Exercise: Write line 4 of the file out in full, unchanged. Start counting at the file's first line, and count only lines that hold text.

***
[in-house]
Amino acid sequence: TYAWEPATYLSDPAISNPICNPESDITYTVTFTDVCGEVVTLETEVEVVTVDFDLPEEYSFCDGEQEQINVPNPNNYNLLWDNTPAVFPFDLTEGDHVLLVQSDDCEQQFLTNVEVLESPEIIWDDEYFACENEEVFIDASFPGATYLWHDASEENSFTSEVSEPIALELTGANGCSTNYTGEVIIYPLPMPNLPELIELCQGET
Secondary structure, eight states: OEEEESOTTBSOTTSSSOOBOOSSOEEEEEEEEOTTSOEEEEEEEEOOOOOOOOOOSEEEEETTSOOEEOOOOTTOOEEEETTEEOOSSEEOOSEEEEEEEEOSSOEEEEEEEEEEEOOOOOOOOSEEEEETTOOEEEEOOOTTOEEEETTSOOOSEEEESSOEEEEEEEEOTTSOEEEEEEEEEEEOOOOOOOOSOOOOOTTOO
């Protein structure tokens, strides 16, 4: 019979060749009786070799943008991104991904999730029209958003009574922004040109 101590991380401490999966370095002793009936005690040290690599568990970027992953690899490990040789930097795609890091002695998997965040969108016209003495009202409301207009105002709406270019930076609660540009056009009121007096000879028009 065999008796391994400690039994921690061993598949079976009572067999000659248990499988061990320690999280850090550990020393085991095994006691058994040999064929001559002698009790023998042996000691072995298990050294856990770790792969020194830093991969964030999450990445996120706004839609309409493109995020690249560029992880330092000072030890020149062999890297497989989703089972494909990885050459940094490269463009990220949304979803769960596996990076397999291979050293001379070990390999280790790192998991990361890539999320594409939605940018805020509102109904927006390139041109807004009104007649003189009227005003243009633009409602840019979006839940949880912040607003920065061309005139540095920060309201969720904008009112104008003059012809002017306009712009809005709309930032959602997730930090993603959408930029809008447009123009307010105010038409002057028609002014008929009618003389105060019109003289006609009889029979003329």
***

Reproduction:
């Protein structure tokens, strides 16, 4: 019979060749009786070799943008991104991904999730029209958003009574922004040109 101590991380401490999966370095002793009936005690040290690599568990970027992953690899490990040789930097795609890091002695998997965040969108016209003495009202409301207009105002709406270019930076609660540009056009009121007096000879028009 065999008796391994400690039994921690061993598949079976009572067999000659248990499988061990320690999280850090550990020393085991095994006691058994040999064929001559002698009790023998042996000691072995298990050294856990770790792969020194830093991969964030999450990445996120706004839609309409493109995020690249560029992880330092000072030890020149062999890297497989989703089972494909990885050459940094490269463009990220949304979803769960596996990076397999291979050293001379070990390999280790790192998991990361890539999320594409939605940018805020509102109904927006390139041109807004009104007649003189009227005003243009633009409602840019979006839940949880912040607003920065061309005139540095920060309201969720904008009112104008003059012809002017306009712009809005709309930032959602997730930090993603959408930029809008447009123009307010105010038409002057028609002014008929009618003389105060019109003289006609009889029979003329």